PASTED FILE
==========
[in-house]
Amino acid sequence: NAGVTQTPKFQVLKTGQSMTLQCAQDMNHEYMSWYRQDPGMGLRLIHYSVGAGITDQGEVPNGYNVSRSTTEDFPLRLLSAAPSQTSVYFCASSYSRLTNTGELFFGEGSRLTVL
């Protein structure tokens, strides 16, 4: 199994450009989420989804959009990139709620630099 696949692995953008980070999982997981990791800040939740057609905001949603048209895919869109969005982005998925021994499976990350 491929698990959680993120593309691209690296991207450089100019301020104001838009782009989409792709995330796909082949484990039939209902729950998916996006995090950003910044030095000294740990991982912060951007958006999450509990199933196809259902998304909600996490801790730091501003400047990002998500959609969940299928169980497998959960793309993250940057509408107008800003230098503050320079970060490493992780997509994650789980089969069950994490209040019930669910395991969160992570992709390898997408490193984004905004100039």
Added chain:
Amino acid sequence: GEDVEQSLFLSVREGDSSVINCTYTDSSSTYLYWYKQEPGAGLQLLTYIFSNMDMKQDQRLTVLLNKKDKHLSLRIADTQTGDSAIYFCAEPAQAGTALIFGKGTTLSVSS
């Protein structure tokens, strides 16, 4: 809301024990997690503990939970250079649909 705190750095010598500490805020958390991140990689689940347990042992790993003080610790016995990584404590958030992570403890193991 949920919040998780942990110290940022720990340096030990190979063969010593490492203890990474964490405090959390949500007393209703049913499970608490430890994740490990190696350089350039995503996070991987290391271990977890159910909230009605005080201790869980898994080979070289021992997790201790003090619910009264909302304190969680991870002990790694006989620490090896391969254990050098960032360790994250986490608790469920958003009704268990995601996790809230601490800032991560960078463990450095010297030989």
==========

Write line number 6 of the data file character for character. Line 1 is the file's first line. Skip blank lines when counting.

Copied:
């Protein structure tokens, strides 16, 4: 809301024990997690503990939970250079649909 705190750095010598500490805020958390991140990689689940347990042992790993003080610790016995990584404590958030992570403890193991 949920919040998780942990110290940022720990340096030990190979063969010593490492203890990474964490405090959390949500007393209703049913499970608490430890994740490990190696350089350039995503996070991987290391271990977890159910909230009605005080201790869980898994080979070289021992997790201790003090619910009264909302304190969680991870002990790694006989620490090896391969254990050098960032360790994250986490608790469920958003009704268990995601996790809230601490800032991560960078463990450095010297030989």